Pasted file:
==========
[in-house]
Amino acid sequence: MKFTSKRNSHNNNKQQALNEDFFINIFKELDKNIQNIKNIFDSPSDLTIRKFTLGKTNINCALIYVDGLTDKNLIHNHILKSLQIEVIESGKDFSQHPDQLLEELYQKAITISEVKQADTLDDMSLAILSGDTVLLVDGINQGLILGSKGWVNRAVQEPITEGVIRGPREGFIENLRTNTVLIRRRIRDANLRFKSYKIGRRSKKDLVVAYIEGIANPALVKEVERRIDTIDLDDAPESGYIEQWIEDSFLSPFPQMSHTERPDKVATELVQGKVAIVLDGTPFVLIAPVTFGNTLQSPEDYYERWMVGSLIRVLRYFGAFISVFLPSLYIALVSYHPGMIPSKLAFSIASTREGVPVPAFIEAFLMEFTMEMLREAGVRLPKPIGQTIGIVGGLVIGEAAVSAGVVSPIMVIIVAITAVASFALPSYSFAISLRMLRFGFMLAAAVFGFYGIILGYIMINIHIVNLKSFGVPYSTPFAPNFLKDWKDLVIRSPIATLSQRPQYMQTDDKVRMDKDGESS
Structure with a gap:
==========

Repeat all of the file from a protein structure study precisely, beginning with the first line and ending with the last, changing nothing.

[in-house]
Amino acid sequence: MKFTSKRNSHNNNKQQALNEDFFINIFKELDKNIQNIKNIFDSPSDLTIRKFTLGKTNINCALIYVDGLTDKNLIHNHILKSLQIEVIESGKDFSQHPDQLLEELYQKAITISEVKQADTLDDMSLAILSGDTVLLVDGINQGLILGSKGWVNRAVQEPITEGVIRGPREGFIENLRTNTVLIRRRIRDANLRFKSYKIGRRSKKDLVVAYIEGIANPALVKEVERRIDTIDLDDAPESGYIEQWIEDSFLSPFPQMSHTERPDKVATELVQGKVAIVLDGTPFVLIAPVTFGNTLQSPEDYYERWMVGSLIRVLRYFGAFISVFLPSLYIALVSYHPGMIPSKLAFSIASTREGVPVPAFIEAFLMEFTMEMLREAGVRLPKPIGQTIGIVGGLVIGEAAVSAGVVSPIMVIIVAITAVASFALPSYSFAISLRMLRFGFMLAAAVFGFYGIILGYIMINIHIVNLKSFGVPYSTPFAPNFLKDWKDLVIRSPIATLSQRPQYMQTDDKVRMDKDGESS
Structure with a gap: